There are some of us who didn’t grow up with the best cooks or best diets in our lives. And if you’re like me, living on my own in college caused all types of rules to be broken. I went from eating no pork to eating the Friday night griot. Every Friday. Of every week. These days I probably eat it once per quarter (yes I mind my junk food intake in terms of quarters) cause it takes about that long to leave your system anyway! 

Circumstances may not have allowed for healthy balanced meals. We all joke about the red juice that causes ADHD to go undiagnosed in many households. Food deserts is a reality. For me to get a juice on the go, I would now have to leave my predominately urban community and head either east towards the beach or west towards the Everglades. It takes effort to do right by your temple. It takes money and time. The first time I got back juicing I promise you I burned 1500 calories between the setting up, breaking down, washing and then mopping my sticky kitchen floor. Then you think of the time and energy you take to do some random activity and you realize the return on the investment really does beat out the annoyance. 

I have had non-Black colleagues quickly hide their amazement when I ask about the nearest vegan option or plant based option eateries. Once they get over the shock that I’m not asking for the nearest bbq joint (and no offense to them cause I can gets down with some ribs too), they are more than happy to share in the love of healthy foods. 

So next time someone makes some off color comment about your coconut black rice, adashah, kale, toasted coconuts and avocado lunch (and it’s usually some poor, misguided brotha or sistah) don’t give them the side eye. Take the time to let them know what’s on your plate and point out the health benefits of your meal. They may roll their eyes and go about their high cholesterol, diabetic living or they may dwell on your comments and who knows? You may have gained a convert to eating healthy–not White.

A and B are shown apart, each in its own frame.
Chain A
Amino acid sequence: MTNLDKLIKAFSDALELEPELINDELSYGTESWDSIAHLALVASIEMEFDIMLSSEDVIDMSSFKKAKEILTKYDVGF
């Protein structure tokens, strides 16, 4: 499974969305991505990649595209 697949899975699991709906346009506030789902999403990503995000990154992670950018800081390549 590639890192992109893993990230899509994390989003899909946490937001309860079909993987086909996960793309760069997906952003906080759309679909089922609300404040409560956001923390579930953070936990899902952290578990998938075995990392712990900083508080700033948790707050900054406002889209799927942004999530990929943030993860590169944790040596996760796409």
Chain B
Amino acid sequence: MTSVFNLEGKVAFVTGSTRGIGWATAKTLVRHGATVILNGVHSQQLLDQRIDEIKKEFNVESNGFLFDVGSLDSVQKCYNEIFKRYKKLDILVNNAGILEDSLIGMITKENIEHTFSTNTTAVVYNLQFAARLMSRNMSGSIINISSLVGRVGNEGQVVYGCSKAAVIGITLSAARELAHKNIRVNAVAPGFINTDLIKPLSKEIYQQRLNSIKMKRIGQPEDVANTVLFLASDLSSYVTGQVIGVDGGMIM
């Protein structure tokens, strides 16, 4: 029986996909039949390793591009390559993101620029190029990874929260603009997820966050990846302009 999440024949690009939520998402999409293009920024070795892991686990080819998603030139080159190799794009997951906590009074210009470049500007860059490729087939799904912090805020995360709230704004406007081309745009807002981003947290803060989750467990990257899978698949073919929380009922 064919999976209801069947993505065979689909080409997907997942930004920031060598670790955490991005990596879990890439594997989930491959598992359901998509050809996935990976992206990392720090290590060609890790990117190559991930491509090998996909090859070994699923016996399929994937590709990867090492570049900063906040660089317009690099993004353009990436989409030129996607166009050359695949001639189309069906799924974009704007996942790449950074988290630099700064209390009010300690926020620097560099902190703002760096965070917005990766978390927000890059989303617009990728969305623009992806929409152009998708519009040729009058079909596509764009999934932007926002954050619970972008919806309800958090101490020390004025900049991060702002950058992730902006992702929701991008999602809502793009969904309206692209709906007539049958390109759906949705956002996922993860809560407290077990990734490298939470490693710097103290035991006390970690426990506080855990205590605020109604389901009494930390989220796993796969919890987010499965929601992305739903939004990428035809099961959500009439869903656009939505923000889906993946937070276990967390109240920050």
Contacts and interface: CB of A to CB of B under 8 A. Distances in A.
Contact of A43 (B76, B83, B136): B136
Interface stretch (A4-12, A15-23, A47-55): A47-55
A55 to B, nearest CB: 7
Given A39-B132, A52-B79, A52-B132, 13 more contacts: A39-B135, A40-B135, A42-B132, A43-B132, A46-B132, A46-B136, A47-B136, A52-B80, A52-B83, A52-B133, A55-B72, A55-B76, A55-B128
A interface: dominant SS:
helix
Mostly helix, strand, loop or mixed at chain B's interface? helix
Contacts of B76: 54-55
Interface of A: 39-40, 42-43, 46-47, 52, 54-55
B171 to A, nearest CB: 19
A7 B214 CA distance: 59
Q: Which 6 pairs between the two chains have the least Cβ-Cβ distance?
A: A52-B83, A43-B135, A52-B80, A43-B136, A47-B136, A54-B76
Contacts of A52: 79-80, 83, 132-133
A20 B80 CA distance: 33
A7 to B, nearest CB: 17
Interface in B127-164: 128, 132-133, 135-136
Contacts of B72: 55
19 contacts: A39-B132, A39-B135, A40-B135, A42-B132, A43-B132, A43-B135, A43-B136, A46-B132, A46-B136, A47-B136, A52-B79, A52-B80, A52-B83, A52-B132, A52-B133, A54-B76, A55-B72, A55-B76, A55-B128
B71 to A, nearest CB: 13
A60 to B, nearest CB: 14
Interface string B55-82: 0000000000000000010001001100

Our ancestors would be honored to know that you too are eating off the land and honoring the food traditions that transcend race and yes even color lines. I’m Black. Been eating Black since 1975. Whatever that is. šŸ™„šŸ˜‚


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Sistah Take A Seat

Sistah Take A Seat: Declutter Your LifeĀ 

I spent an entire day doing laundry, trashing old CDs and just getting into all sorts of fits each time I saw a corner of my house that had clutter piling up. Piles of books. Piles of junk mail. Piles of shoes. Ugh…

We usually assign Spring as the time to place back all the winter gear, go through our checklist of what to update around the house and tidy up our living spaces. We take inventory of what we have and promise we the retail gods they will never see us in a mall or on Amazon ever again! Yeah right. 

How many of us actually take the time to do the same with our lives? I mean if I’m going to try and get my house in order, may as well take some time to inventory my life and see what’s worth keeping or getting rid of. Right?

 *inserts sense of discomfort*

Take An Emotional Inventory